Haitian Activist On President's Assassination
DANIELLE KURTZLEBEN, HOST:
Authorities in Haiti are still investigating the assassination of President Jovenel Moise. The president was gunned down inside his own home early on Wednesday. His wife Martine was also wounded in the attack. Haitian officials say they have a group of suspects in custody, mostly Colombian nationals but also two U.S. citizens. However, members of Haiti's political opposition are casting doubt on the official version of events.
The news from Haiti this week shocked many Haitians living outside the country. That includes Jimmy Jean-Louis, an actor and activist who works to raise awareness about Haiti around the world. He told us he was devastated when he first heard the president had been killed.
JIMMY JEAN-LOUIS: I just couldn't believe that Haiti would have to go through another period like we're living right now. So I'm completely speechless. It's an act of violence that is so devastating.
KURTZLEBEN: Haiti has faced multiple challenges in its modern history. There was the earthquake in 2010 that killed more than 200,000 people and displaced millions. But also, there are hurricanes, widespread poverty and corruption and a political system that has struggled for stability ever since the country emerged from decades of dictatorship under the Duvalier family. And Jimmy Jean-Louis says you can go even further back to Haiti's independence from France in 1804.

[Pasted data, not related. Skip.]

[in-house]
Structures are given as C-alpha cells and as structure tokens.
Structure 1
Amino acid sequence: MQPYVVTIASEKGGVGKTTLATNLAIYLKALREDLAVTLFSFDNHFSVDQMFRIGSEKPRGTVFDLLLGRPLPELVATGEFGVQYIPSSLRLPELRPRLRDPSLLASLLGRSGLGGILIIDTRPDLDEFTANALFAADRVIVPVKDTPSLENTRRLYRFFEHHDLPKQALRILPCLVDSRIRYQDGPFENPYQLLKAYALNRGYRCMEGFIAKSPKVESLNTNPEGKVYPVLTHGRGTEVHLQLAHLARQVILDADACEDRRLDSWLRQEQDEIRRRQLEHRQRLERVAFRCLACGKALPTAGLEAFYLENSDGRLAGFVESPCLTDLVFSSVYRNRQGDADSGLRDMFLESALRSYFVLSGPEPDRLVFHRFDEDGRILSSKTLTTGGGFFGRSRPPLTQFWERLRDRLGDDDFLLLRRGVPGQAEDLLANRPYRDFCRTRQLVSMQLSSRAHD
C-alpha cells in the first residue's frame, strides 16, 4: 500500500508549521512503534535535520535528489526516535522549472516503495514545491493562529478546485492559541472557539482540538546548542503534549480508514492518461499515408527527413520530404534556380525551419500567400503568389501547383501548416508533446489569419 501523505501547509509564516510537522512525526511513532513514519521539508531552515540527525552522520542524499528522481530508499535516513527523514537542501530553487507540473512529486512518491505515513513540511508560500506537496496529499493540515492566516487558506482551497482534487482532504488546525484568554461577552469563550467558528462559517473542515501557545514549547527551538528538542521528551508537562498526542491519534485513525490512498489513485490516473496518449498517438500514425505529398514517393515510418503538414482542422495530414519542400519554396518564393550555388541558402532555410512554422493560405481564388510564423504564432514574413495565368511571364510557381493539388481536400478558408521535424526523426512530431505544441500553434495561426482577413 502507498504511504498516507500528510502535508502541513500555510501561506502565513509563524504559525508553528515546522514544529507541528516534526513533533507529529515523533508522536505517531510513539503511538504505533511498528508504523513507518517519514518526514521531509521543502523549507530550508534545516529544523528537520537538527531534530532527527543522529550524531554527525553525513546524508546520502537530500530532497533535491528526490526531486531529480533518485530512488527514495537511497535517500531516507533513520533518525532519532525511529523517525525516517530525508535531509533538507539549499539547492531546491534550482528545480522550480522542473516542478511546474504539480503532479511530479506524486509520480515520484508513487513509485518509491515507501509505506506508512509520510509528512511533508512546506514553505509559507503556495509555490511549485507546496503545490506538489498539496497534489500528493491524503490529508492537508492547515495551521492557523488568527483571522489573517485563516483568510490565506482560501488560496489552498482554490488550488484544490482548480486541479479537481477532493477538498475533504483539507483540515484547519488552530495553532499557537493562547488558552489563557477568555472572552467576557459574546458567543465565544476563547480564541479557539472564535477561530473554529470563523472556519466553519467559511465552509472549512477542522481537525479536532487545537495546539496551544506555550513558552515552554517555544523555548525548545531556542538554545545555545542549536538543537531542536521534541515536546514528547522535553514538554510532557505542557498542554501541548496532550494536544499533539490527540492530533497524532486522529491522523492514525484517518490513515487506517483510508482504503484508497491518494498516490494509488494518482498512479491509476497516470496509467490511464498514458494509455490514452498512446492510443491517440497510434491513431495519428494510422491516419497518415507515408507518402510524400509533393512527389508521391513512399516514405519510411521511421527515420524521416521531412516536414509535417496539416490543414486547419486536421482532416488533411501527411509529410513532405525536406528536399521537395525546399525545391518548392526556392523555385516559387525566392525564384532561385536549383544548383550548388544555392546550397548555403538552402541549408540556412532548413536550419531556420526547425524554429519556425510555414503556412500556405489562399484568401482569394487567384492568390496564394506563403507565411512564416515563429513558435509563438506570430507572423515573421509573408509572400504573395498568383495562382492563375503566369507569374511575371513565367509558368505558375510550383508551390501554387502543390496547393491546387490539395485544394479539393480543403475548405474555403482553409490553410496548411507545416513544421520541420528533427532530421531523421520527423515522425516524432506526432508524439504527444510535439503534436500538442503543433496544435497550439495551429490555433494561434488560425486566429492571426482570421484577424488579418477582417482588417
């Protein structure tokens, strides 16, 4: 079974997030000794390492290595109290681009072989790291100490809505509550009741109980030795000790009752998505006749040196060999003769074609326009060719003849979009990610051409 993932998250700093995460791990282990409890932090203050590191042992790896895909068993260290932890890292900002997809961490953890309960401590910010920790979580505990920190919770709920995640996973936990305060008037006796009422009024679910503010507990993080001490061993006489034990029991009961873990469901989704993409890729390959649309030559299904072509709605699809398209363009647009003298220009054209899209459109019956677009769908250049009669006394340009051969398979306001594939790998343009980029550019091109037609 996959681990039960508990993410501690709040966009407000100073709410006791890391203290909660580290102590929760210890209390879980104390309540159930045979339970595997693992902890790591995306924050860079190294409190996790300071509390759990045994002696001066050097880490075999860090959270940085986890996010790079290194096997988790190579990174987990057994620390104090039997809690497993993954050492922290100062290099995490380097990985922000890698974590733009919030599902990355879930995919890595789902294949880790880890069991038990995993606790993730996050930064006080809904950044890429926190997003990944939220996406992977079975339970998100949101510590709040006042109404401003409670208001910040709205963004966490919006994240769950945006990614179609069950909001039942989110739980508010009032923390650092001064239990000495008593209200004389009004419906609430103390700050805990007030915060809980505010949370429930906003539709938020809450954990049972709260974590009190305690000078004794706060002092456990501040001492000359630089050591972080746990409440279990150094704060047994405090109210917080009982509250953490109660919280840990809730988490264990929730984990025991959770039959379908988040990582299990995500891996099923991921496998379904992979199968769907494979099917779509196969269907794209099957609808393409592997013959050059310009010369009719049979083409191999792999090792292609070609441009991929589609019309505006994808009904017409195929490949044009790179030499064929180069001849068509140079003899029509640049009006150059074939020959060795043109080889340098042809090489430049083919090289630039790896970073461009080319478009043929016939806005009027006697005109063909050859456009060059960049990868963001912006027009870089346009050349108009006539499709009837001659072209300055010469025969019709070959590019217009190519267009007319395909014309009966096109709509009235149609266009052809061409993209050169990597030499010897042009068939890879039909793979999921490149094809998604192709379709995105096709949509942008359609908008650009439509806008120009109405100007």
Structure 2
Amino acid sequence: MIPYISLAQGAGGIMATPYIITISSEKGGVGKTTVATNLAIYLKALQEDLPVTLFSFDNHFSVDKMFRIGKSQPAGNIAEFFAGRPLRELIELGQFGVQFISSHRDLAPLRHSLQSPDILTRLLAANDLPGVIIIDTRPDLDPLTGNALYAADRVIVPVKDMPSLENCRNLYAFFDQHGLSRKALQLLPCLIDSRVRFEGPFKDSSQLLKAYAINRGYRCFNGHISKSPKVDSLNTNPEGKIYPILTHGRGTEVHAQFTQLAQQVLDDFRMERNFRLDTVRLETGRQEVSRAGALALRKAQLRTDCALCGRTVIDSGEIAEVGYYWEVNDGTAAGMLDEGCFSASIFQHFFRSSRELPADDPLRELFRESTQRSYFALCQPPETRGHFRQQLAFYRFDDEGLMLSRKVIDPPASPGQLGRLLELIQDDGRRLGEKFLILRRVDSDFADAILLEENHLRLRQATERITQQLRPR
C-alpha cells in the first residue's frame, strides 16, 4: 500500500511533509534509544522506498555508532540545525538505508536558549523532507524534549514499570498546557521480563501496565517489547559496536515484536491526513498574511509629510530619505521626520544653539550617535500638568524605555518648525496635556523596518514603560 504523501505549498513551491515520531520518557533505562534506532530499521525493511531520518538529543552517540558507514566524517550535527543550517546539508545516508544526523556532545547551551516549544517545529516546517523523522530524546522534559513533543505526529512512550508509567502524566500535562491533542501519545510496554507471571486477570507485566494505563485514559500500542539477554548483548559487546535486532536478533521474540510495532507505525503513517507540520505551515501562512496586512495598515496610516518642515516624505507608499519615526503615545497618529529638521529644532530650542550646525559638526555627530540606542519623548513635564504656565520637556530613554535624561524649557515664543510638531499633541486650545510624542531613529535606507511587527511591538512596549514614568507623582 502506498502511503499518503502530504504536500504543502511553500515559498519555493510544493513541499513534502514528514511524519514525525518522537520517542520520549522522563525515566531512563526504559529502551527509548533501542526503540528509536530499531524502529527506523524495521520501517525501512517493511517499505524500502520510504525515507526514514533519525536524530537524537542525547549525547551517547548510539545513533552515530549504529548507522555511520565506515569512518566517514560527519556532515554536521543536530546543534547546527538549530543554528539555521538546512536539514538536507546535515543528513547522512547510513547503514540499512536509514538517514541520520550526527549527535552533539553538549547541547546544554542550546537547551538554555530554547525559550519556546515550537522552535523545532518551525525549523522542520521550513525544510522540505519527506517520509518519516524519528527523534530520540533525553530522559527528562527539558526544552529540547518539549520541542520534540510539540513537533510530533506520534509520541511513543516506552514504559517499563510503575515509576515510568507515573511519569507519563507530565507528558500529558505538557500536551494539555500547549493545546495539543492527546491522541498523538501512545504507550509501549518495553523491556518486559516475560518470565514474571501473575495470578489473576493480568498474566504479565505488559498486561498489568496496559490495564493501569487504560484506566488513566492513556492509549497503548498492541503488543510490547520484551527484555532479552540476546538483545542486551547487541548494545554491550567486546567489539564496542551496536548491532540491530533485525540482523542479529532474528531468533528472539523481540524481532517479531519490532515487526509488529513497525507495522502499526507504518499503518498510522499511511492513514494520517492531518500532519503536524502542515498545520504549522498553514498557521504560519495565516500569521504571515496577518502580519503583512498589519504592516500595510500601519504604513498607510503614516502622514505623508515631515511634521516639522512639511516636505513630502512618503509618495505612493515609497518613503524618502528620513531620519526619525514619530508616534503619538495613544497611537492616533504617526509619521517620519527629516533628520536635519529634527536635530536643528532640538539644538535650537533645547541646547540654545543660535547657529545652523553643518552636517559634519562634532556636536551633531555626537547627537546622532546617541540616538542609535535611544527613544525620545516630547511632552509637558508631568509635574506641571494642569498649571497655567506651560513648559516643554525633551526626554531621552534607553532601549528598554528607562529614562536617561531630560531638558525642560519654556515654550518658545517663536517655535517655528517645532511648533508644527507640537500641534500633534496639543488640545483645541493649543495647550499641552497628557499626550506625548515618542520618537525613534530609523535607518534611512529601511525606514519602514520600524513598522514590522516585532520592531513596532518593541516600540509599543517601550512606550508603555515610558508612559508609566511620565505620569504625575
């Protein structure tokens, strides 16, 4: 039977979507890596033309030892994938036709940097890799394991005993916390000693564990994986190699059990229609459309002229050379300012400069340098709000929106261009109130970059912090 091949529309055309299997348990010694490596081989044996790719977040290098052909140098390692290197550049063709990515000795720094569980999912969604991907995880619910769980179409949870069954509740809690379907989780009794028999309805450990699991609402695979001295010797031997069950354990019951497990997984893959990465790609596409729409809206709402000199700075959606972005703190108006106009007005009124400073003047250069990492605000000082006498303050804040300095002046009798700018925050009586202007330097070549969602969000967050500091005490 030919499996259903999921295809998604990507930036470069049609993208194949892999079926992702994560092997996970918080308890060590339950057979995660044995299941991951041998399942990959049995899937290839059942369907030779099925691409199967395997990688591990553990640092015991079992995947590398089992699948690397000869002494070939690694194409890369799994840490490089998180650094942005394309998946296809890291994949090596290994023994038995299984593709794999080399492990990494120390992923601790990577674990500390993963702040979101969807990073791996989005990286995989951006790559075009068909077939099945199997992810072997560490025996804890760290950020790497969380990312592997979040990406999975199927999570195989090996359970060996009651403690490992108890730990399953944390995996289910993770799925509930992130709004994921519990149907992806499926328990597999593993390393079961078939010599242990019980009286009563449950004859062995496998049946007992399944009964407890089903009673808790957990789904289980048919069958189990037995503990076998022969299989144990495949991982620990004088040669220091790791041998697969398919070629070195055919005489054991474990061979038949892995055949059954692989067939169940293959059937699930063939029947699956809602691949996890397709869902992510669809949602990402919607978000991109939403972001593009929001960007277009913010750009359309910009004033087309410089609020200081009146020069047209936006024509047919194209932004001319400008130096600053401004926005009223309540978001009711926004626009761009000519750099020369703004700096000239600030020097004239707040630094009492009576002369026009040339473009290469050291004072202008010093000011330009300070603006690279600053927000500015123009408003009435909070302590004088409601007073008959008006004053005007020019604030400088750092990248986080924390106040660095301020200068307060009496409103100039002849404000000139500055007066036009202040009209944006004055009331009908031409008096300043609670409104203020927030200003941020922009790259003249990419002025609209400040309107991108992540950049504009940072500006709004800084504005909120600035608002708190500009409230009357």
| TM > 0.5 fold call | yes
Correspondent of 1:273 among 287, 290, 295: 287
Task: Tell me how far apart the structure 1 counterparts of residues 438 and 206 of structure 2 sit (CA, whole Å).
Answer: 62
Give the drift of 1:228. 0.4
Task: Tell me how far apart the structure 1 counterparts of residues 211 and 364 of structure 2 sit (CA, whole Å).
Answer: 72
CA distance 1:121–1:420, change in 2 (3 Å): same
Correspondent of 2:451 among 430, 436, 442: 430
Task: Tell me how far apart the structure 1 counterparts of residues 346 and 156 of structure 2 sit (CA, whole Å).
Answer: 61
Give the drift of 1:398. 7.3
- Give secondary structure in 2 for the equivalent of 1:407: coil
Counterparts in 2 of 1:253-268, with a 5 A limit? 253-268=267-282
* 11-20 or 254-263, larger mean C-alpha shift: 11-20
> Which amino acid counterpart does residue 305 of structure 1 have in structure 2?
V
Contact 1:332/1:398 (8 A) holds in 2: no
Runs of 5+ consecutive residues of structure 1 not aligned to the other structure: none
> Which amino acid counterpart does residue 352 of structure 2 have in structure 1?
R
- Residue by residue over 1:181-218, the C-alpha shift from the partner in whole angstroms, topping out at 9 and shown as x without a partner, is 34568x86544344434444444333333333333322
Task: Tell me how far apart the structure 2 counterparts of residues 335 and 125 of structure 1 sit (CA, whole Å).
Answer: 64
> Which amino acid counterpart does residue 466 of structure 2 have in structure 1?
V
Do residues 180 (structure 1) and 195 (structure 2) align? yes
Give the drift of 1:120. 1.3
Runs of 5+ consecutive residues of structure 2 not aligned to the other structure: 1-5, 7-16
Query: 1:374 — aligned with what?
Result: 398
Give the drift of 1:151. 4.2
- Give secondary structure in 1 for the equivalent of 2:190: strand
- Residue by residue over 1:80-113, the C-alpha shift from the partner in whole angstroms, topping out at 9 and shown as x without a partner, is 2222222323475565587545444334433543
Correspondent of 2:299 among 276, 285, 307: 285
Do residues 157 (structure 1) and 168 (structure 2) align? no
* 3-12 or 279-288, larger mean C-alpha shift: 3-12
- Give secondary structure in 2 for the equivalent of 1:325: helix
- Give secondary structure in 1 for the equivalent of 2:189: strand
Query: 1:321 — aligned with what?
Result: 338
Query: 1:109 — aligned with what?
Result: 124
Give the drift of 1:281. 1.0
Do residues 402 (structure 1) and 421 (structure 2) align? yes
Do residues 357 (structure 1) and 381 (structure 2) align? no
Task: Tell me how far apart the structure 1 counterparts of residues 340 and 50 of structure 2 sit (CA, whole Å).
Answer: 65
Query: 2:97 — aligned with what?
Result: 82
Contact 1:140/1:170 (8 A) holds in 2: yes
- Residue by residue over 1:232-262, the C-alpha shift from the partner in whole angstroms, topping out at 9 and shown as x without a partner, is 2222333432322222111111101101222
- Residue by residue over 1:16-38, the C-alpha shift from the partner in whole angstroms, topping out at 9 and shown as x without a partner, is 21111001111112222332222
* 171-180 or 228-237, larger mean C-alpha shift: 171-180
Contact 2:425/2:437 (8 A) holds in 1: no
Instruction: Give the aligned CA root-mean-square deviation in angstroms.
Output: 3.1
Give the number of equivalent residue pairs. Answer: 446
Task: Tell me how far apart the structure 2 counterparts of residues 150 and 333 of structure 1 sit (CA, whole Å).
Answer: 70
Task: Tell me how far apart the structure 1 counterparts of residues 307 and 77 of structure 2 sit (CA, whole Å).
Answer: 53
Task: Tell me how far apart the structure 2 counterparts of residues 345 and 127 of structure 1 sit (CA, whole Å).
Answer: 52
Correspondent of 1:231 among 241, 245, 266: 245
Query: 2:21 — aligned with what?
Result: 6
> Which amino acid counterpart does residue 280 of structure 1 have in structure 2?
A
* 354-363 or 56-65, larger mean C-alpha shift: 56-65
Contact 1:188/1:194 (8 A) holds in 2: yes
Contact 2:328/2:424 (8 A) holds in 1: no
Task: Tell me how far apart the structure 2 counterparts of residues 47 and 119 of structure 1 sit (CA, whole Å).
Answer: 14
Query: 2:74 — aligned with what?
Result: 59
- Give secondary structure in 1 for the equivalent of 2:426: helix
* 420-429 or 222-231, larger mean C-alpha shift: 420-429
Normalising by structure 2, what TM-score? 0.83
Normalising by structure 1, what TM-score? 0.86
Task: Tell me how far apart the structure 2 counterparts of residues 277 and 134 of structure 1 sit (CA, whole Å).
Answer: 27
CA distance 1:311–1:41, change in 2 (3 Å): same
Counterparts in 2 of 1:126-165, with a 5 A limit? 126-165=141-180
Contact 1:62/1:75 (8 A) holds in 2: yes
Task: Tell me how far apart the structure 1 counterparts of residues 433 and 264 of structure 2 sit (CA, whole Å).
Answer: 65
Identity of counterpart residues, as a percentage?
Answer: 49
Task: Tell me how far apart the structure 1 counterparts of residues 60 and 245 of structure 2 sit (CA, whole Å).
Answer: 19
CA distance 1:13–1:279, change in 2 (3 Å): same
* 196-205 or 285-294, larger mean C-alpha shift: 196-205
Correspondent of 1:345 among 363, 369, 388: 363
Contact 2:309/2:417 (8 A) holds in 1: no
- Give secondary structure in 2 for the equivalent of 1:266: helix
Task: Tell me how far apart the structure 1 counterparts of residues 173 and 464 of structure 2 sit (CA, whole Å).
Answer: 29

JEAN-LOUIS: From the very beginning, from the time that Haiti got its independence, 20 years later, Haiti was forced to pay a debt to the French people, which lasted up until 60 years ago. So all the money that Haiti was making was going straight back to the French people. So when they stopped that debt, which was back in 1950, that's when we started to have problems in the country. So that's when the Duvalier came on power.
So the Duvalier stayed for about 30 years. And then we thought that maybe getting rid of the Duvalier would bring Haiti into the different era and a better era. But, no, it didn't happen. We had Aristide and Preval and then, of course, as you know, the devastated earthquake.
KURTZLEBEN: Since 2010, it's been more of the same, he says, dashed hopes and political uncertainty. Even before the president's murder this week, Haiti's various political factions were already arguing over who should be in charge and when new elections should be held. Now, Jean-Louis says he's worried about what happens next.
JEAN-LOUIS: And we still have a lot of political positions that are still fighting for the power. So in the middle of all that, we have the people who don't know what to do anymore. They are scared. They still don't want to get out. The level of insecurity is worse. So I don't know where we heading.
KURTZLEBEN: That was Haitian actor and activist Jimmy Jean-Louis talking about the uncertainty facing Haiti after this week's murder of President Jovenel Moise.
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